Fans shirty over colour claims
Sam Williams The Canaries' recent poor results may be just a blip on an impressive record under Glenn Roeder, but the team is being held back by one glaring factor according to a group of university professors - the colour of their shirts.
The Canaries' recent poor results may be just a blip on an impressive record under Glenn Roeder, but the team are being held back by one glaring factor according to a group of university professors - the colour of their shirts.
Academics at the University of Plymouth and Durham University claim club colours have a clear impact on footballing glory, with those with home strips in yellow coming bottom of the pile.
But bosses at Norwich City Football Club have dismissed the findings and say there are no plans to switch colours.
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And the Brazilian national football team have certainly not suffered by wearing yellow shirts over the years with a record breaking five World Cups to their name.
The research team analysed thousands of wins, draws and defeats since the second world war.
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They found that those teams whose home strip was red were the most likely to win at home, borne out by the successes of the likes of Manchester United, Liverpool and Arsenal over the years.
The academics say our deep-rooted biological response to the colour red may give a psychological advantage to players on the field and could prove a bigger draw to fans, increasing supporter numbers and therefore club coffers.
Dr Russell Hill, from Durham University, said: "It is certainly true that the influx of wealthy foreign owners has changed the resources available to some teams, and this should result in increased success, regardless of their shirt colour.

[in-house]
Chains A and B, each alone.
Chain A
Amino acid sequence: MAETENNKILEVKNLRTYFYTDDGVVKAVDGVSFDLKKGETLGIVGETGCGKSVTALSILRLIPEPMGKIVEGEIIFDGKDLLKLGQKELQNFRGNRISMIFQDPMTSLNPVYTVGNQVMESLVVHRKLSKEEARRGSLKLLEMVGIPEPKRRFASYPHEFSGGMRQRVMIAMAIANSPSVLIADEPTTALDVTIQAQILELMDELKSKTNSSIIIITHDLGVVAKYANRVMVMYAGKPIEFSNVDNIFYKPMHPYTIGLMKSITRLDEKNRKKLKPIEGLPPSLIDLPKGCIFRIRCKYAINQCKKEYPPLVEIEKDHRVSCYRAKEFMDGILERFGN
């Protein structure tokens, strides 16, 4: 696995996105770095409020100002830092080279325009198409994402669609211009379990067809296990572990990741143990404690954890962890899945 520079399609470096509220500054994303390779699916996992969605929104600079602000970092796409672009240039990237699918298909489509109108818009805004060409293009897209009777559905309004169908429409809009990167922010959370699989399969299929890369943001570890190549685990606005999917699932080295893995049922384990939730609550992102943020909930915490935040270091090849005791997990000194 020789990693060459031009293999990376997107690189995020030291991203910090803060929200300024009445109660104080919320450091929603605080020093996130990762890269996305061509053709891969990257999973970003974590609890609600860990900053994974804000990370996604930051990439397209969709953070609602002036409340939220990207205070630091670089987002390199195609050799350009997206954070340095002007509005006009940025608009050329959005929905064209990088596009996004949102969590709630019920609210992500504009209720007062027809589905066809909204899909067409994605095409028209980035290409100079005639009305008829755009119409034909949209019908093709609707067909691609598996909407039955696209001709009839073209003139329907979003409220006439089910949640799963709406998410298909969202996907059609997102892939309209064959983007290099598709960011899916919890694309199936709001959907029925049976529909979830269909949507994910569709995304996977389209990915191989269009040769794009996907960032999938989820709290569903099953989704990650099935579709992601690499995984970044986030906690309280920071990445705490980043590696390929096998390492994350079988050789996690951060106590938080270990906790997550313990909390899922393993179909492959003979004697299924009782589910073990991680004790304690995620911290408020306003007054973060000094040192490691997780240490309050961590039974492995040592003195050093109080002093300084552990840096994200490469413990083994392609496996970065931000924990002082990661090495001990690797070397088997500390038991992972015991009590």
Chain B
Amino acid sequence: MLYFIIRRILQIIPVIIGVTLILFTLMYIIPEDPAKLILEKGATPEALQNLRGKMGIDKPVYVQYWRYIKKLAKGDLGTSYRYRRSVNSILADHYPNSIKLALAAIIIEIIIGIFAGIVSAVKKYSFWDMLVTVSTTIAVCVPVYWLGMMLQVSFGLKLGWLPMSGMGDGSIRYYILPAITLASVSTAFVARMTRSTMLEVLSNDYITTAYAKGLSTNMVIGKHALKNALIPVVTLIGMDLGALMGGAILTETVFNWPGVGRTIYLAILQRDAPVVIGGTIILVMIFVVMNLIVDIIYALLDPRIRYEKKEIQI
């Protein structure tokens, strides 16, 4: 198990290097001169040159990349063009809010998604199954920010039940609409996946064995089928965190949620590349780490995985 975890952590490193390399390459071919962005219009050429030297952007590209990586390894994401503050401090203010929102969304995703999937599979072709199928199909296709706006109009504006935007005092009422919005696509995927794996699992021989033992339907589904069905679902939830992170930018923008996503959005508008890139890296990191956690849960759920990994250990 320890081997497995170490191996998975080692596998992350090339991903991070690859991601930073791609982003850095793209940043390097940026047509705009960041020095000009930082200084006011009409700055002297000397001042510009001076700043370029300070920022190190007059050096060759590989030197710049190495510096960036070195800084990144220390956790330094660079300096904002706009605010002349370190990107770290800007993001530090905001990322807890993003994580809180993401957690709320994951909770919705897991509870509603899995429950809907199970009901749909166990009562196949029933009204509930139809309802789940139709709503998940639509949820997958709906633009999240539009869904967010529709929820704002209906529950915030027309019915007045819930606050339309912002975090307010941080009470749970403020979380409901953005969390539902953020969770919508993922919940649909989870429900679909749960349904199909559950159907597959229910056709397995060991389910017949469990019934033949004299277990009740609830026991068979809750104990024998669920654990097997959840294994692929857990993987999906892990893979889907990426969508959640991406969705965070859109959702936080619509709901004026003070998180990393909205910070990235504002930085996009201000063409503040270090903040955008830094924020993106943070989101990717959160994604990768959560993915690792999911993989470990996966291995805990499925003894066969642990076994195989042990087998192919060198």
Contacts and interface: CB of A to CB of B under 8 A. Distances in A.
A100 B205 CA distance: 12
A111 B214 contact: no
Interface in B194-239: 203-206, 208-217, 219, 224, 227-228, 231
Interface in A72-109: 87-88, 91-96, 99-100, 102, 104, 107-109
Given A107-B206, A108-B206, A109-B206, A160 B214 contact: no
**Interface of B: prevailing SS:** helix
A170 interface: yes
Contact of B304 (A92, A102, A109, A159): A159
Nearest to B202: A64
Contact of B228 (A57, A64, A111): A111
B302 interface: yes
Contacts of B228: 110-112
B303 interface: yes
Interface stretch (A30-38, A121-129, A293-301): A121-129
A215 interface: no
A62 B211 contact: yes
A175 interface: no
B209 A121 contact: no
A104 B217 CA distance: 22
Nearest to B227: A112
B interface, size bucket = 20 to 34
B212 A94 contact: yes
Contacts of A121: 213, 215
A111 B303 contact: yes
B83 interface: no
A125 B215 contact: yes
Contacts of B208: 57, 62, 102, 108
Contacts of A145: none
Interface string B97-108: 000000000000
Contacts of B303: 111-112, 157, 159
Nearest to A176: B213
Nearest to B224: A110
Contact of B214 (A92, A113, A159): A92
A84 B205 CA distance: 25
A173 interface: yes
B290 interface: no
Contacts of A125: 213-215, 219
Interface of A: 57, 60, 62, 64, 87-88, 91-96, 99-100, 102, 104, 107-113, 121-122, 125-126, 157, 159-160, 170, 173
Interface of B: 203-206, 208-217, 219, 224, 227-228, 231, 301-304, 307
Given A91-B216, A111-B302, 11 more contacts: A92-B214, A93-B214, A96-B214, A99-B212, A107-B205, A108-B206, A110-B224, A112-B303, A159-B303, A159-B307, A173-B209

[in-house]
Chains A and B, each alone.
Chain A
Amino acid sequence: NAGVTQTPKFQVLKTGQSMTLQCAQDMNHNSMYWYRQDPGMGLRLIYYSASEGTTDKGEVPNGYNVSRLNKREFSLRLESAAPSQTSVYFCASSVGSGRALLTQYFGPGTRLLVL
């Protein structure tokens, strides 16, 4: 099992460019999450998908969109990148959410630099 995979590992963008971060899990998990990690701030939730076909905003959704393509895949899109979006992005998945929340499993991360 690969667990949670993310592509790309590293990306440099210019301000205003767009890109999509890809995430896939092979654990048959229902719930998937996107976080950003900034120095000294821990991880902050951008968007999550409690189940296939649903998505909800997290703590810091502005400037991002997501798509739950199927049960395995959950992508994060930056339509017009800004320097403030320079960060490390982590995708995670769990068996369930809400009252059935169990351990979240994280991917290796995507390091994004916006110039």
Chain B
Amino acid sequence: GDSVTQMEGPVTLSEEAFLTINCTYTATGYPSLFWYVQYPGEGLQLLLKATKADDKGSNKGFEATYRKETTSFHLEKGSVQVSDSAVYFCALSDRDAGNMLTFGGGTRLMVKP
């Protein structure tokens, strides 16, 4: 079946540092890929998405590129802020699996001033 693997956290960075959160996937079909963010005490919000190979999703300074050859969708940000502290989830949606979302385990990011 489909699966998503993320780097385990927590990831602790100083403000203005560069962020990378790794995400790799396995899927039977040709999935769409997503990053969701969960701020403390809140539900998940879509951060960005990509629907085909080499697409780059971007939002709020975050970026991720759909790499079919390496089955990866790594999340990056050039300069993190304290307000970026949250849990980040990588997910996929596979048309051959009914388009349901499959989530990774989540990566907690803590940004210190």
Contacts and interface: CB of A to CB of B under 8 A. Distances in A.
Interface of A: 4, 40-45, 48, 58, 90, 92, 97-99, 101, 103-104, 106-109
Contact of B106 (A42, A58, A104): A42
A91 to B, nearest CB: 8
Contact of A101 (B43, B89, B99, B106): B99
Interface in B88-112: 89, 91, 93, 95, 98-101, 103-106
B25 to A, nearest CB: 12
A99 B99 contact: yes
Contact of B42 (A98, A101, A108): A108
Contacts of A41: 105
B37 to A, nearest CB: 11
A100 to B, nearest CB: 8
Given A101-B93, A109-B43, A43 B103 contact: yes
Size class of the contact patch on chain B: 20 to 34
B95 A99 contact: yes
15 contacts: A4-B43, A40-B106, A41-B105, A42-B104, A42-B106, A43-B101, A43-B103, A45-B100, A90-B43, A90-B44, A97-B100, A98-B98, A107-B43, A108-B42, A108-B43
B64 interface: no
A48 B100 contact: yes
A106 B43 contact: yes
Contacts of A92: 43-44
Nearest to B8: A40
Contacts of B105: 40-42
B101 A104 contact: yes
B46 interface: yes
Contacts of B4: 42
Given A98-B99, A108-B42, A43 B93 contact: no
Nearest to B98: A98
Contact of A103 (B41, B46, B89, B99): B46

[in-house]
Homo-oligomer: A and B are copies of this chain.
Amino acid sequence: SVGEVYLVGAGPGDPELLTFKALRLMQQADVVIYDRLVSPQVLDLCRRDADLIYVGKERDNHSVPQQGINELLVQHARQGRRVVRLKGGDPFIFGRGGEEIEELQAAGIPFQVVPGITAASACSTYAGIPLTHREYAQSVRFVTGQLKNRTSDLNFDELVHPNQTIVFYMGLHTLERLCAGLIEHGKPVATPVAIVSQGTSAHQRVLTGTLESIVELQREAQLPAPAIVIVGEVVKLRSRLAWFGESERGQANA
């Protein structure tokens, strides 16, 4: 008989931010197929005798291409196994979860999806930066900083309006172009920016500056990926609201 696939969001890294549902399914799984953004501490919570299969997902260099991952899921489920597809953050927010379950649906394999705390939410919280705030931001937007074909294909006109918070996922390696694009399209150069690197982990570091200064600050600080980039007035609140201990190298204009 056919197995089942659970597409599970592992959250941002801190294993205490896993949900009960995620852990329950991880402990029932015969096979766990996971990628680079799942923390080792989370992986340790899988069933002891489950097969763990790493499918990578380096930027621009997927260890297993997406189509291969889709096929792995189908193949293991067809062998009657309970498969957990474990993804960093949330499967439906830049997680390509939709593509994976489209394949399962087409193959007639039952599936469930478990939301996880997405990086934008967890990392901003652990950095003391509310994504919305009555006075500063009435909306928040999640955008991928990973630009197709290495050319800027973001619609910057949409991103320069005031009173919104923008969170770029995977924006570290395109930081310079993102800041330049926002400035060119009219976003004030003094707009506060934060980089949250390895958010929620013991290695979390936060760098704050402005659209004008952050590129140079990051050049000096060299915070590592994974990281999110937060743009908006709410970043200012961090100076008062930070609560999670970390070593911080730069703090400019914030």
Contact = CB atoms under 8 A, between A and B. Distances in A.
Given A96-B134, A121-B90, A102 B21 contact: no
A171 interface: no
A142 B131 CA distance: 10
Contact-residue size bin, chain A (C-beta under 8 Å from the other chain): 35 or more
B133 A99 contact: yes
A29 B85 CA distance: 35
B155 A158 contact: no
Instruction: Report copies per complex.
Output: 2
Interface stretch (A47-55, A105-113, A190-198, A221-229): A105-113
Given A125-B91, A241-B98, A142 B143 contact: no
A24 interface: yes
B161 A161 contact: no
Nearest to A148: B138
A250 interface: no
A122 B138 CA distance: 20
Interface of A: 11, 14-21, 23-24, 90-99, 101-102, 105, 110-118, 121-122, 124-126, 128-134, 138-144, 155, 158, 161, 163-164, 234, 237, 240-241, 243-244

"Nevertheless, in close matches where teams are evenly balanced, we still predict that wearing red could tip the balance between success and failure and the red advantage will still persist."
But Norwich City officials said wearing yellow had not harmed their past successes and they had no intention of replacing their much-loved home kit.
Despite a dire start to the season and recent losses to Coventry, Leicester and Blackpool, the Canaries' strip has not yet ruled out a place in the promotion playoffs - mathematically at least.
A spokesman said: "We're very proud of our distinctive yellow shirts and certainly have no plans to change our home strip to red.
"We wore yellow when we won the Championship title by eight clear points in 2004 and it didn't seem to do us any harm then.
"The argument that more fans may be attracted to following teams wearing red doesn't explain why next season the fantastically loyal Yellow Army looks set to once again match or exceed the attendances of most other Football League clubs, whether they wear red, blue or any other colour.
"Finally, wearing yellow doesn't seem to have hurt the fortunes of Brazil, who have won five World Cups whilst arguably playing
some of the most beautiful football ever seen in the history of the
game. Come on you yellows!"
Kathy Blake, secretary of the Norwich City Independent Supporters' Association, dismissed the brainboxes' findings as rubbish. She added: "Lots of successful teams have worn yellow, such as previous Liverpool and Arsenal teams on away games, and they did alright."
Ü Well, should it be "Come on you Reds!" at Carrow Road? Or do you still prefer mellow yellow? Write to Evening News Letters, Prospect House, Rouen Road, Norwich, NR1 1RE or email firstname.lastname@example.org or log on to eveningnews24.co.uk/forums